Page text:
(13) Mr. A. Sundaram Iyer, learned Counsel for the defendants in fact did not seriously urge that Order 23, Rules 1 and 2 applied, but it was pressed that the earlier suit was being proceeded with and had not come to an end. it was argued strenuously that the Court had not in the former suit said that it was unable to entertain the suit. But the order of the Court is substantially to the said effect in respect of the plaintiffs whose names are struck off. To entertain in the context, means to receive, or admit, or retain, with a view to consider and decide on the merits. The original plaint contained their individual claims also against the same set of defendants but the Court held that different claims could not be adjudicated in out suit. The suit could be proceeded with only in respect of one of the plaintiffs; it was an error in the frame of the suit that could not be refitted by a simple amendment. An attempt to that end was made and failed. The Court could not itself discriminate and strike off any three of the plaintiffs of O.I. Rule 10(2) C.P.C. On the analogy of O. I. R. 2 C.P.C. the Court gave opportunity to the plaintiffs to elect and on the election three of the plaintiffs were struck off. The three plaintiffs went out of the suit with their claims for the reason that the Court was unable to entertain the suit so fat as they were concerned.
(14) The decision in (1905) ILR 29 Bom 219 no doubt bears a similarly to the present case. That was also a case where one of the plaintiffs in the earlier suit had to go out on grounds of multifariousness. Two plaintiffs, a father and son, originally filed the suit for recovery of damages for assault. The defendants pleaded misjoinder of parties and causes of action and succeeded in their plea in the High Court (see Varajlal v. Rama, (1902) ILR 26 Bom 259) and the High Court "emitted the case to the Court of First Instance directing return of the plaint for amendment and granting permission to the plaintiffs to elect which of them should proceed with the plaint already filed Under the provisions of Section 373 (now Order 23 Rule 1) leave was granted to the plaintiff whose name was stuck out to file if so advised a fresh suit in respect of his cause of action. The father elected to continue the suit and the son filed a fresh suit and it was held that Section 374 corresponding to the present Order 23, Rule 2 applied with the result that the former suit could not be taken into consideration in computing the period of limitation at all. The decision is leaned also on the view that Section 14 of the Limitation. Act would not apply to the case as the former suit did not fail for want of jurisdiction or any defence of like nature. Before the Limitation Act of 1908 there was a conflict of decision on the question. This decision cannot, in the circumstances, apply to the cases on hand. These are not cases where the plaintiffs had been granted leave to withdraw with liberty to institute fresh suits on the same cause of action.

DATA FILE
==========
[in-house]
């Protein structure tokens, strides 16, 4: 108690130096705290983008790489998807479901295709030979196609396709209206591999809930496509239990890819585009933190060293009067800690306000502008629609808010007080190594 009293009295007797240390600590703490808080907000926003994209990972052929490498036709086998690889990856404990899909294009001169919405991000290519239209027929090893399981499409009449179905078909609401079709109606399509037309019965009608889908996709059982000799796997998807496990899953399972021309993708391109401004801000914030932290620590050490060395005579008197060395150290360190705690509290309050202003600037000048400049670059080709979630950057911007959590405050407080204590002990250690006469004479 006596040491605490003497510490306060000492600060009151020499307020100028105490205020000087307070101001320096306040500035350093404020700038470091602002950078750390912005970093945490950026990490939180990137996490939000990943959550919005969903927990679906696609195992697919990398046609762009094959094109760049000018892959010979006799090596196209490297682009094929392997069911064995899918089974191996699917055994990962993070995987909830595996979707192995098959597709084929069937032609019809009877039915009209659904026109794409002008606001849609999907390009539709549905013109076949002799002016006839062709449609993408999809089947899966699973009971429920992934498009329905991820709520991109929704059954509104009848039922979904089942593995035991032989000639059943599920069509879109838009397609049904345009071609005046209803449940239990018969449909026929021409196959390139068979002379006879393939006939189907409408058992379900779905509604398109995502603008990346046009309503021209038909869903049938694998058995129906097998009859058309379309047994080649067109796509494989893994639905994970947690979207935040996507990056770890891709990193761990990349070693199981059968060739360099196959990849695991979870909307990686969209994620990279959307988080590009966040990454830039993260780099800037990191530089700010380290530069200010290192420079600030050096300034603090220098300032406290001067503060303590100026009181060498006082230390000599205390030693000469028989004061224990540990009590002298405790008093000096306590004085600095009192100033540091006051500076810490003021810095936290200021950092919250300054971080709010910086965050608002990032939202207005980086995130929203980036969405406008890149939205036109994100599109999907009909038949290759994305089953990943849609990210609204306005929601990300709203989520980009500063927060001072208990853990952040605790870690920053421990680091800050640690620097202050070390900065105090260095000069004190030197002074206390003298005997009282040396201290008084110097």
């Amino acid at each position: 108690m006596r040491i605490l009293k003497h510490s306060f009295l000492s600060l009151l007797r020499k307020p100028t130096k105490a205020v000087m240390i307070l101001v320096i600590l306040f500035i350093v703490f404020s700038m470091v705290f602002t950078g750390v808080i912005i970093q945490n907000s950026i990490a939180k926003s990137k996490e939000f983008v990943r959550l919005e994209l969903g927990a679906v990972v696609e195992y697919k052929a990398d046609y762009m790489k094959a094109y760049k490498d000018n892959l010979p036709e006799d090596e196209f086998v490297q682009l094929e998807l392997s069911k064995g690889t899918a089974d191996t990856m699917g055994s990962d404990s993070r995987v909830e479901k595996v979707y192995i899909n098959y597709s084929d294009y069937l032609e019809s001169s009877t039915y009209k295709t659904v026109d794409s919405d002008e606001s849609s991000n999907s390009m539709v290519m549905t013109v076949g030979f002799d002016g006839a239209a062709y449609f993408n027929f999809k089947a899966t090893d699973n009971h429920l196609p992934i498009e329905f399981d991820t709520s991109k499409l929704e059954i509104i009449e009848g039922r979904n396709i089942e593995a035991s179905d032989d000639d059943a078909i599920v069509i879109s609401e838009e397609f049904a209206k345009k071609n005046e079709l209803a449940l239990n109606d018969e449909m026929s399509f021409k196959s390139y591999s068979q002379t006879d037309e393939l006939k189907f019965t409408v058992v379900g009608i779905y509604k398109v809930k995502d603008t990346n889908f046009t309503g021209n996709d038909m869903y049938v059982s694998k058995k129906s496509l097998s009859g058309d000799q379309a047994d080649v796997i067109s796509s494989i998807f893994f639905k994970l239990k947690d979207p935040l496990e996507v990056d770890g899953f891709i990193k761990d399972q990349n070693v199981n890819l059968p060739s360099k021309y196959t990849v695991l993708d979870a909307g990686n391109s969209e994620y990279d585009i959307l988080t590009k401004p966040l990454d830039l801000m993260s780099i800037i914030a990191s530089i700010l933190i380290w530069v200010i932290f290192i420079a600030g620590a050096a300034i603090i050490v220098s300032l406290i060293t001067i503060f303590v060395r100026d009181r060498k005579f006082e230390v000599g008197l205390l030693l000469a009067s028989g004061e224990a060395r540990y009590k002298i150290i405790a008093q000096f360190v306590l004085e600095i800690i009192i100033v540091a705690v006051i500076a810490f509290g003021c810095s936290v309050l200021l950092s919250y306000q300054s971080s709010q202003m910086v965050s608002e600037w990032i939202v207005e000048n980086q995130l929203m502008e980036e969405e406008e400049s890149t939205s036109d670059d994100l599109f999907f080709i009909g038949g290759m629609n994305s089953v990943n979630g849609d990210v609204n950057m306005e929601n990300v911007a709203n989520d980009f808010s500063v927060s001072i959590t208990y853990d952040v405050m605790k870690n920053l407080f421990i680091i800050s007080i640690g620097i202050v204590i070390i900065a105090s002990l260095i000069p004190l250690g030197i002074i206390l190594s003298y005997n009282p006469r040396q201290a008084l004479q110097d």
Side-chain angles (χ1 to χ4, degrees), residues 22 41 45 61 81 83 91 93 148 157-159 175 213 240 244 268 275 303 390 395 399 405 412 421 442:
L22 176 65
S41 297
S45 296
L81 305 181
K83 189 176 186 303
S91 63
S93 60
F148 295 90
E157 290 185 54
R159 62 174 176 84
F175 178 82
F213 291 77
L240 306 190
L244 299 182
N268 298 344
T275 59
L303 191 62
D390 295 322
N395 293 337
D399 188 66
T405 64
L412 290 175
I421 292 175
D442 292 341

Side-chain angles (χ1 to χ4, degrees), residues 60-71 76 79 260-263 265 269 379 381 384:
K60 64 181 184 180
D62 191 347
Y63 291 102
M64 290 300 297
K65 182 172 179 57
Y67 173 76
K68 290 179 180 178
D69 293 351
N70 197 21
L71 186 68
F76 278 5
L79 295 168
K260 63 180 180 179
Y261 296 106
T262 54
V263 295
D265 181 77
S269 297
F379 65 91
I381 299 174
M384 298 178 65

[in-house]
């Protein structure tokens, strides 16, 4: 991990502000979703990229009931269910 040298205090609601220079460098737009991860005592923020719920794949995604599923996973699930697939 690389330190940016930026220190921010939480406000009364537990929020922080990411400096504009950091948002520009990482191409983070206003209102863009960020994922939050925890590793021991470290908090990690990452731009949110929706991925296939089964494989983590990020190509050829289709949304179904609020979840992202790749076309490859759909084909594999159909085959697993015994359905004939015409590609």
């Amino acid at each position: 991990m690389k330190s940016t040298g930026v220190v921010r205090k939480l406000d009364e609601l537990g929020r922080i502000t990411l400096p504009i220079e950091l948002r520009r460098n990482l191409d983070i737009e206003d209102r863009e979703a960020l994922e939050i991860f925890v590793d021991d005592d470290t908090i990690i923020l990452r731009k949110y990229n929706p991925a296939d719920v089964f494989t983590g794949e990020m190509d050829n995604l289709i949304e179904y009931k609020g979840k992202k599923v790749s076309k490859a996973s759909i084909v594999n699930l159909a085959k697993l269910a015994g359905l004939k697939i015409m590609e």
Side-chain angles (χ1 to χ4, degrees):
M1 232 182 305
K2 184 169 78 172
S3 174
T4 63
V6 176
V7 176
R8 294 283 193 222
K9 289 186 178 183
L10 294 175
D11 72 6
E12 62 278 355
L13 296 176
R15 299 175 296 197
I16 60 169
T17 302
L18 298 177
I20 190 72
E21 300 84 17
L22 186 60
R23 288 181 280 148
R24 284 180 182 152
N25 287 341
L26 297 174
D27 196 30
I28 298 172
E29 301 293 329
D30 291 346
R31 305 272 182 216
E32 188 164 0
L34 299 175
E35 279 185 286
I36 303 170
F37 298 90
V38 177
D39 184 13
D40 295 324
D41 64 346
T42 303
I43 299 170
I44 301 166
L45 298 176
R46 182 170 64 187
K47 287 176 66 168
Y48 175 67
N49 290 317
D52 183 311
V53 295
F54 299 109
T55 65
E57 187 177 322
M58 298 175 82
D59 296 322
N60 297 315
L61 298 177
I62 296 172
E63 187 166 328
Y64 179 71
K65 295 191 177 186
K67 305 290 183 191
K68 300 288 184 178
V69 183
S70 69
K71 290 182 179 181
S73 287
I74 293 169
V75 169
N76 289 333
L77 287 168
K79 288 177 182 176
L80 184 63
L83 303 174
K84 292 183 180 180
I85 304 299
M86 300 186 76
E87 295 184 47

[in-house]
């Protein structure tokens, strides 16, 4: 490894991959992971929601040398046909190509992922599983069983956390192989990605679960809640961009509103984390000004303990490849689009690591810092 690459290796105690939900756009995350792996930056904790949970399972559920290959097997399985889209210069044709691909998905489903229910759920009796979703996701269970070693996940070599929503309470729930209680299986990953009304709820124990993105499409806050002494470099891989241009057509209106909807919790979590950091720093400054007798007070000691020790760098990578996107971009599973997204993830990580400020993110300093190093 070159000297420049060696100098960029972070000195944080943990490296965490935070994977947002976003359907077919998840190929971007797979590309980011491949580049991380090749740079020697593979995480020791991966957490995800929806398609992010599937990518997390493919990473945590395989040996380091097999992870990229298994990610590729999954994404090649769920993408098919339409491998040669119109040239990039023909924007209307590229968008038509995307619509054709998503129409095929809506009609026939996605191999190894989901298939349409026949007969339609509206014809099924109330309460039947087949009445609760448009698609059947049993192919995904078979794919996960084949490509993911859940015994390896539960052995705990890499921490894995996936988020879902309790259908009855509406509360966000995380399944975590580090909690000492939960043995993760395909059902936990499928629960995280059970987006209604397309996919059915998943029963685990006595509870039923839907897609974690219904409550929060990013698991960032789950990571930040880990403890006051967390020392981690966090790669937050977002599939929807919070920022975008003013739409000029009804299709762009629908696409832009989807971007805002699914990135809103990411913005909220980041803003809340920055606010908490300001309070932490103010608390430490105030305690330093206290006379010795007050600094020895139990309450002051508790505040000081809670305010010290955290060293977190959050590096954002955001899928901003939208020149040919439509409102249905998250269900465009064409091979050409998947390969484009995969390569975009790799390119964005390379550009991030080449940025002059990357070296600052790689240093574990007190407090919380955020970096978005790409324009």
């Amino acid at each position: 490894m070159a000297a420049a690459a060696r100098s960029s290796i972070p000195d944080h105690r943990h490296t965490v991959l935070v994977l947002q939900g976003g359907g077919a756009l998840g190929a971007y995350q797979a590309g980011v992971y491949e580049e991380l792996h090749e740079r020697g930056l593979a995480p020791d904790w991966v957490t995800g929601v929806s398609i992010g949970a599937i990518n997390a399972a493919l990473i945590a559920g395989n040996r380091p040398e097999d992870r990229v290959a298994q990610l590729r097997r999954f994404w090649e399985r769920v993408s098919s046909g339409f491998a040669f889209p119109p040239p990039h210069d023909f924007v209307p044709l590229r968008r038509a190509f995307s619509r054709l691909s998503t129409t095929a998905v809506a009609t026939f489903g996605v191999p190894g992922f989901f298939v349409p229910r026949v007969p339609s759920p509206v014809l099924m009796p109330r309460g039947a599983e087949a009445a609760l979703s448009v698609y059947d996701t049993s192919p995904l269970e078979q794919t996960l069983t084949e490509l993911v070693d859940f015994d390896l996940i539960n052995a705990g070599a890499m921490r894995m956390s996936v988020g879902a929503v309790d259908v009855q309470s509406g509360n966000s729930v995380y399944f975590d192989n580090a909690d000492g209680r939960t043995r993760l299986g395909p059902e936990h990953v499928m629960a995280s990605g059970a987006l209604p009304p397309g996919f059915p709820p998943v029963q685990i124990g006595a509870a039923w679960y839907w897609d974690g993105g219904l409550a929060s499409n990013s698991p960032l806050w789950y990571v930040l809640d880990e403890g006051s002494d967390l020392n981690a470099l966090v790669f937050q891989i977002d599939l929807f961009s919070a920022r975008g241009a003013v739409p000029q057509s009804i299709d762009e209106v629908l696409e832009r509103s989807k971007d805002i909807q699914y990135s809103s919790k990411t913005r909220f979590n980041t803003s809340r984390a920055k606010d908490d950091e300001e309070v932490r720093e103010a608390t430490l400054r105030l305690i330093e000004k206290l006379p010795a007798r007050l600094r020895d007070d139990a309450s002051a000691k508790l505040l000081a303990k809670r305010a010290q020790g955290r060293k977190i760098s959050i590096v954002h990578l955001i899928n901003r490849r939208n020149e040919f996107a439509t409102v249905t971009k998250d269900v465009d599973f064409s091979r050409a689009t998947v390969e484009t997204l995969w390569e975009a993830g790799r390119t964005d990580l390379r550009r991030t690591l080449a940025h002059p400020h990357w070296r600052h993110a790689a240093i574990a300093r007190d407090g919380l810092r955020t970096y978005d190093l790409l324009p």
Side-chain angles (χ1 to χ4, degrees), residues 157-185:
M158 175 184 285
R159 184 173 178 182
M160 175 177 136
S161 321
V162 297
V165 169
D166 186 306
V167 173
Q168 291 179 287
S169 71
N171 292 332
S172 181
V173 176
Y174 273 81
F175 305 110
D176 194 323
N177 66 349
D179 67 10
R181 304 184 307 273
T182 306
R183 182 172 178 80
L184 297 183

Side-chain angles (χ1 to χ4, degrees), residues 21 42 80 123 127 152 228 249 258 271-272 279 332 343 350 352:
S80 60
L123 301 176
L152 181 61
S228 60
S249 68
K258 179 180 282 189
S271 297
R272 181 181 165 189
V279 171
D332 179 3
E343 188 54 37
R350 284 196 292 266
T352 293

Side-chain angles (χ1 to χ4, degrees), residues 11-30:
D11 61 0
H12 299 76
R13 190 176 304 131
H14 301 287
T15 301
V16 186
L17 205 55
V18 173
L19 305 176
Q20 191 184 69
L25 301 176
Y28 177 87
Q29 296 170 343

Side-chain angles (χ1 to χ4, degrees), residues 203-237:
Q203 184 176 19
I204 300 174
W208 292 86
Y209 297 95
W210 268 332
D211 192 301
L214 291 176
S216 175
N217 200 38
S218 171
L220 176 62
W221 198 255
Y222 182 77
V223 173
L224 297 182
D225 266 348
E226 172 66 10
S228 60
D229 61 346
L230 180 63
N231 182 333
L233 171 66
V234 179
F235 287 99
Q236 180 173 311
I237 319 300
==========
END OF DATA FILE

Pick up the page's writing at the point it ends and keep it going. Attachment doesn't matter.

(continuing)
(15) Considerable reliance was placed by the learned Counsel for the defendants on ILR 57 All 145 =(AIR 1934 All 688) (FB). That is not a case of one of the plaintiffs being stuck off. The plaintiff had earlier instituted a suit in the same cause of action against two sets of defendants. Objection was taken that the suit was multifarious because different causes of action arising out of different defendants had been wrongly joined together. On the Court expressing its opinion that the frame if the suit was bad and calling upon the plaintiff to elect against which of the defendants he would like to proceed against, the plaintiff filed an application under Order 23, Rule 1 of the Code of Civil Procedure, for withdrawal of the suit against one set of defendants with liberty to institute a fresh suit against them afterwards. The question of limitation arose in the second suit which was filed on the permission granted. Sulaiman C. J. who delivered the leading judgment of the Full Bench observed at page 147 (ILR All) = (at p. 691 of AIR)